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The Thief and the Dogs by Naguib Mahfouz

The Thief and the Dogs (1961)

by Naguib Mahfouz

Other authors: See the other authors section.

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Showing 5 of 5
  AMIDEASTJordan | Apr 9, 2012 |
Said Maufoud is recently released from prison and is intent on revenge against his betrayors. The plot depicts his obsession with this, and contrasts society's influence with his personal responsibility for his destructive path. In the end, there is no conclusive answer as to which is more accountable for the outcome.
1 vote elenchus | Jul 16, 2010 |
Very tight and fast-paced. Not like any Mahfouz I've read before. As someone else notes, something like Dostoyevsky re the focus on Said's galloping mental state, but while I read it, I was thinking of Camus. ( )
1 vote Periodista | Sep 25, 2009 |
This novella by the Nobel Prize winning author is set in Egypt after the 1952 Revolution, and describes the events following the release of a young man who is released from a Cairo prison after serving a four year sentence for grand theft. He was betrayed by two former colleagues, who both have become wealthy from their gains, which began in a noble quest to steal from wealthy residents of the city in support of the Revolution. Upon his release he visits the first traitor, who has married his wife and taken in his young daughter, who screams in horror and refuses to greet him when he sees her. He is consumed with anger, and with the help of former companions, he plans his revenge on the two men and his ex-wife. He is unsuccessful in his attempts, and he becomes more desperate, as the city and state police slowly descend upon him.

This was a good read, in the existential style of Camus' The Stranger. ( )
1 vote kidzdoc | Aug 8, 2009 |
This book is what I'd expect Dostoevsky to write if he was on crank listening to Blag Flag. I loved the hatred that seethed through each page. Revenge is the driving force of this book. After spending 4 years in an Egyptian prison Said Mahran is freed only to find that his wife, friend, and mentor betrayed him. He immediately plans revenge vowing to kill the dogs that let him down.

The pace of the book is fast and developed differently from my expectations. I did like the way Mahfouz gave us direct insight into Said's thoughts... dark thoughts they were too. Excellent book.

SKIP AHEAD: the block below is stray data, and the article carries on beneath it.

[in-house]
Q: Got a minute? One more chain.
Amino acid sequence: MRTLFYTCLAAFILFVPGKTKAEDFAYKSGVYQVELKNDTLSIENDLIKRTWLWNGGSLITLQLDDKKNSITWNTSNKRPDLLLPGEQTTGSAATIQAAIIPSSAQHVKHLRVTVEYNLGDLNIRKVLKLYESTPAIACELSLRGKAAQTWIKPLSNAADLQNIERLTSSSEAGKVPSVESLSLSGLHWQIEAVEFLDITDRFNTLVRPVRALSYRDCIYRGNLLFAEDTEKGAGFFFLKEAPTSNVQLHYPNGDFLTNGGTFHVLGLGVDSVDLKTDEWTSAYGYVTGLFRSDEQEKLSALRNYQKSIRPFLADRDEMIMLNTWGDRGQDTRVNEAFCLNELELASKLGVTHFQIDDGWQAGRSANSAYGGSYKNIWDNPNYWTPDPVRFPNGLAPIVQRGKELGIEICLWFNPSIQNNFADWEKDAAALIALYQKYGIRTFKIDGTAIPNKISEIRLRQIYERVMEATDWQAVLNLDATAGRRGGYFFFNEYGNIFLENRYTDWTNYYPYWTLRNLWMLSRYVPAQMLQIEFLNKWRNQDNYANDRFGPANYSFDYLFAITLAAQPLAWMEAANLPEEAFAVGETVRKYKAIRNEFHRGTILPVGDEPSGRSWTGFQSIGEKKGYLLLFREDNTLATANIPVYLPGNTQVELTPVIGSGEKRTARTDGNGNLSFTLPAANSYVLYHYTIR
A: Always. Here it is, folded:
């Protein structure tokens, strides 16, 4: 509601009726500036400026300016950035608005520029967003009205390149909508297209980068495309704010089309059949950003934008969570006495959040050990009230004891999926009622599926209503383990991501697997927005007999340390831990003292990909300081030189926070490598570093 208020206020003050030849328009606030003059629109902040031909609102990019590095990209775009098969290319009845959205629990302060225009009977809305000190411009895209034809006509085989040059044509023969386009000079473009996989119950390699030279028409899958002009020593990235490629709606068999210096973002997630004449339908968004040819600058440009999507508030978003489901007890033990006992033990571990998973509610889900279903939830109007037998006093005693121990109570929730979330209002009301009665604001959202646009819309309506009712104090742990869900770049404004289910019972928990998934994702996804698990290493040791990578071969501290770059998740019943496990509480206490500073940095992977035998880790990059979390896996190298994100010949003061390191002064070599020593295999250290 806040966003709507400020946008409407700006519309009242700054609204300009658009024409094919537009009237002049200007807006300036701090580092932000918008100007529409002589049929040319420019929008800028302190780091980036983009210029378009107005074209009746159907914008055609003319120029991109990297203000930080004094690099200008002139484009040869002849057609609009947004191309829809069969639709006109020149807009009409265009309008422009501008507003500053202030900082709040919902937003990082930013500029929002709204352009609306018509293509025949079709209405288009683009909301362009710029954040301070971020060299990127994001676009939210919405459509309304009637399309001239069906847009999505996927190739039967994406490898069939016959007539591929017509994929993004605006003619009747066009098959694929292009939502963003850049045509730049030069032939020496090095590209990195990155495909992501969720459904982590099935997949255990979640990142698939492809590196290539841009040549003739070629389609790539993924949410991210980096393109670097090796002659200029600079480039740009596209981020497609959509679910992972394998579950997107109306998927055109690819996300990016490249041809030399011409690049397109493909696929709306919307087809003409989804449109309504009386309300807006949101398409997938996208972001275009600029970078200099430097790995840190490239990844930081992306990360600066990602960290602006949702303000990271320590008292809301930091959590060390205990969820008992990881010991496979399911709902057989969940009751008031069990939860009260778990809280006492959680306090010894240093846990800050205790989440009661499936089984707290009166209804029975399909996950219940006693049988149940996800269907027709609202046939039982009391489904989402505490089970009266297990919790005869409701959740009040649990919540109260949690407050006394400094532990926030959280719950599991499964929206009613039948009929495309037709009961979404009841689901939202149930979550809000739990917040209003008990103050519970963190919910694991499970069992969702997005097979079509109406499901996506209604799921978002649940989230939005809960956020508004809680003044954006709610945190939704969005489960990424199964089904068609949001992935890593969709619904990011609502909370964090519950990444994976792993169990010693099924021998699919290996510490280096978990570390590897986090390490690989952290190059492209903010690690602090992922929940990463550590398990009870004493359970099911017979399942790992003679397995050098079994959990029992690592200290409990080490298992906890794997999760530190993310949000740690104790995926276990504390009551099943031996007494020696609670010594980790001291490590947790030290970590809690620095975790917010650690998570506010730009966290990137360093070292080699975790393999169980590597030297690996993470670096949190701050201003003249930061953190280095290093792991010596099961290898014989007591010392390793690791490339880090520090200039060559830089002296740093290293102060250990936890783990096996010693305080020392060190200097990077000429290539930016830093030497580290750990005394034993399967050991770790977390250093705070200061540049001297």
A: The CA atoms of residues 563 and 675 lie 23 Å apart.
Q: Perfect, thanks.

Favorite passages:

"What does a man need in this country, Said?" and without waiting for an answer he said, "He needs a gun and a book: the gun will take care of the past, the book is for the future..."

What a lot of graves there are, laid out as far as the eye can see. Their headstones are like hands raised in surrender, though they are beyond being threatened by anything. A city of silence and truth, where success and failure, murderer and victim, come together, where thieves and policemen lie side by side in peace for the first and last time. ( )
3 vote Banoo | Aug 23, 2008 |
Showing 5 of 5
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Author nameRoleType of authorWork?Status
Mahfouz, NaguibAuthorprimary authorall editionsconfirmed
Badawī, Muḥammad MuṣṭafáTranslatorsecondary authorsome editionsconfirmed
Le Gassick, TrevorTranslatorsecondary authorsome editionsconfirmed
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Amazon.com Product Description (ISBN 0385264623, Paperback)

Naguib Mahfouz's haunting novella of post-revolutionary Egypt combines a vivid pychological portrait of an anguished man with the suspense and rapid pace of a detective story.

After four years in prison, the skilled young thief Said Mahran emerges bent on revenge. He finds a world that has changed in more ways than one. Egypt has undergone a revolution and, on a more personal level, his beloved wife and his trusted henchman, who conspired to betray him to the police, are now married to each other and are keeping his six-year-old daughter from him. But in the most bitter betrayal, his mentor, Rauf Ilwan, once a firebrand revolutionary who convinced Said that stealing from the rich in a unjust society is an act of justice, is now himself a rich man, a respected newspaper editor who wants nothing to do with the disgraced Said. As Said's wild attempts to achieve his idea of justice badly misfire, he becomes a hunted man so driven by hatred that he can only recognize too late his last chance at redemption.

(retrieved from Amazon Thu, 12 Mar 2015 18:02:48 -0400)

(see all 2 descriptions)

Just released from prison, Said Mahran finds himself betrayed by the most important people in his life--forgotten by his daughter, abandoned by his wife, and rejected by his mentor.

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